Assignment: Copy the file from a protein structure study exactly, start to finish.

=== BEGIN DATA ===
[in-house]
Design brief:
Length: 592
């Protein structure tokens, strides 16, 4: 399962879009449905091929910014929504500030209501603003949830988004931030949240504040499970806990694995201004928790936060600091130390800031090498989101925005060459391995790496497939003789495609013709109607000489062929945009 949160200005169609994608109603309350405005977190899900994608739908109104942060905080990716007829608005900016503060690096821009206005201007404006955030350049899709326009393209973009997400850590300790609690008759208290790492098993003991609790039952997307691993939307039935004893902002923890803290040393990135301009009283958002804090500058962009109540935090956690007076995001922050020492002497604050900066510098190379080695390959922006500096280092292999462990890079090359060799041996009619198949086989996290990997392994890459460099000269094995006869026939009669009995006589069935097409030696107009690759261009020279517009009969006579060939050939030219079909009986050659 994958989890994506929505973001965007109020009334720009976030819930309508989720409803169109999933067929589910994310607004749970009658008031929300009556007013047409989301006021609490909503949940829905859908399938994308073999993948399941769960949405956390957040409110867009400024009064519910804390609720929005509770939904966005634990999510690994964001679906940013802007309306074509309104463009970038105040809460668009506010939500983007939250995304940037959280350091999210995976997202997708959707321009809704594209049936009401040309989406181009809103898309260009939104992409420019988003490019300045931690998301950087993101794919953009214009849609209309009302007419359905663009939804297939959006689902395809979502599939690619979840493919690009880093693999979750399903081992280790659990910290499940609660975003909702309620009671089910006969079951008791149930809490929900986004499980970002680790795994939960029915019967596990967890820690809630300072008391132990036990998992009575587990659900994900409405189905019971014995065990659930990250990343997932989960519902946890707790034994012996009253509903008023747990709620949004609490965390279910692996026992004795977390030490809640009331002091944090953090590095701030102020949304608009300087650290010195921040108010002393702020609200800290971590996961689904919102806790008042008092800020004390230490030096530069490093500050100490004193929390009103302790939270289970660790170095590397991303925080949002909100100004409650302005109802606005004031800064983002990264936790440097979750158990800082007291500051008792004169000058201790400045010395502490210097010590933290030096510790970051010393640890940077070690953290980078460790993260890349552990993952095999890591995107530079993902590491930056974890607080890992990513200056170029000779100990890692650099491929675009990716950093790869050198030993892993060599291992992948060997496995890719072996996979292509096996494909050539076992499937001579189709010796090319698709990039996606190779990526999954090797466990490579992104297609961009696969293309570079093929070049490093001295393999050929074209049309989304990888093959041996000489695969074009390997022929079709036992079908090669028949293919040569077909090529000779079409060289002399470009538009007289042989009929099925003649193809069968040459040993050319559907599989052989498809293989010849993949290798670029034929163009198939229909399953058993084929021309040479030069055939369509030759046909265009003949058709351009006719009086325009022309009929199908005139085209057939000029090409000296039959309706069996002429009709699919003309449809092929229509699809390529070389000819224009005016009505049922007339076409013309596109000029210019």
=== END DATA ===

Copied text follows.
[in-house]
Design brief:
Length: 592
């Protein structure tokens, strides 16, 4: 399962879009449905091929910014929504500030209501603003949830988004931030949240504040499970806990694995201004928790936060600091130390800031090498989101925005060459391995790496497939003789495609013709109607000489062929945009 949160200005169609994608109603309350405005977190899900994608739908109104942060905080990716007829608005900016503060690096821009206005201007404006955030350049899709326009393209973009997400850590300790609690008759208290790492098993003991609790039952997307691993939307039935004893902002923890803290040393990135301009009283958002804090500058962009109540935090956690007076995001922050020492002497604050900066510098190379080695390959922006500096280092292999462990890079090359060799041996009619198949086989996290990997392994890459460099000269094995006869026939009669009995006589069935097409030696107009690759261009020279517009009969006579060939050939030219079909009986050659 994958989890994506929505973001965007109020009334720009976030819930309508989720409803169109999933067929589910994310607004749970009658008031929300009556007013047409989301006021609490909503949940829905859908399938994308073999993948399941769960949405956390957040409110867009400024009064519910804390609720929005509770939904966005634990999510690994964001679906940013802007309306074509309104463009970038105040809460668009506010939500983007939250995304940037959280350091999210995976997202997708959707321009809704594209049936009401040309989406181009809103898309260009939104992409420019988003490019300045931690998301950087993101794919953009214009849609209309009302007419359905663009939804297939959006689902395809979502599939690619979840493919690009880093693999979750399903081992280790659990910290499940609660975003909702309620009671089910006969079951008791149930809490929900986004499980970002680790795994939960029915019967596990967890820690809630300072008391132990036990998992009575587990659900994900409405189905019971014995065990659930990250990343997932989960519902946890707790034994012996009253509903008023747990709620949004609490965390279910692996026992004795977390030490809640009331002091944090953090590095701030102020949304608009300087650290010195921040108010002393702020609200800290971590996961689904919102806790008042008092800020004390230490030096530069490093500050100490004193929390009103302790939270289970660790170095590397991303925080949002909100100004409650302005109802606005004031800064983002990264936790440097979750158990800082007291500051008792004169000058201790400045010395502490210097010590933290030096510790970051010393640890940077070690953290980078460790993260890349552990993952095999890591995107530079993902590491930056974890607080890992990513200056170029000779100990890692650099491929675009990716950093790869050198030993892993060599291992992948060997496995890719072996996979292509096996494909050539076992499937001579189709010796090319698709990039996606190779990526999954090797466990490579992104297609961009696969293309570079093929070049490093001295393999050929074209049309989304990888093959041996000489695969074009390997022929079709036992079908090669028949293919040569077909090529000779079409060289002399470009538009007289042989009929099925003649193809069968040459040993050319559907599989052989498809293989010849993949290798670029034929163009198939229909399953058993084929021309040479030069055939369509030759046909265009003949058709351009006719009086325009022309009929199908005139085209057939000029090409000296039959309706069996002429009709699919003309449809092929229509699809390529070389000819224009005016009505049922007339076409013309596109000029210019």